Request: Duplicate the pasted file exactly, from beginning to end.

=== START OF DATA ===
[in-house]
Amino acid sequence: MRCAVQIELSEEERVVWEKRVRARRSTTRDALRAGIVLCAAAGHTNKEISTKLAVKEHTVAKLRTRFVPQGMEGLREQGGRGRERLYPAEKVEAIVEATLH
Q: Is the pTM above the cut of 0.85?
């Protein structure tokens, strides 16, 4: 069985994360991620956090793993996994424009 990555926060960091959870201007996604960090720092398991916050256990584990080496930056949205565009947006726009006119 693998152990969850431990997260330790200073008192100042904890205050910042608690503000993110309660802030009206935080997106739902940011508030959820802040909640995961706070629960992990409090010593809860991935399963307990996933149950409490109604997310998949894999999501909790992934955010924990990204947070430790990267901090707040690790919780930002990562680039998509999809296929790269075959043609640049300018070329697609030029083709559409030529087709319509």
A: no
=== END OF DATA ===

[in-house]
Amino acid sequence: MRCAVQIELSEEERVVWEKRVRARRSTTRDALRAGIVLCAAAGHTNKEISTKLAVKEHTVAKLRTRFVPQGMEGLREQGGRGRERLYPAEKVEAIVEATLH
Q: Is the pTM above the cut of 0.85?
């Protein structure tokens, strides 16, 4: 069985994360991620956090793993996994424009 990555926060960091959870201007996604960090720092398991916050256990584990080496930056949205565009947006726009006119 693998152990969850431990997260330790200073008192100042904890205050910042608690503000993110309660802030009206935080997106739902940011508030959820802040909640995961706070629960992990409090010593809860991935399963307990996933149950409490109604997310998949894999999501909790992934955010924990990204947070430790990267901090707040690790919780930002990562680039998509999809296929790269075959043609640049300018070329697609030029083709559409030529087709319509």
A: no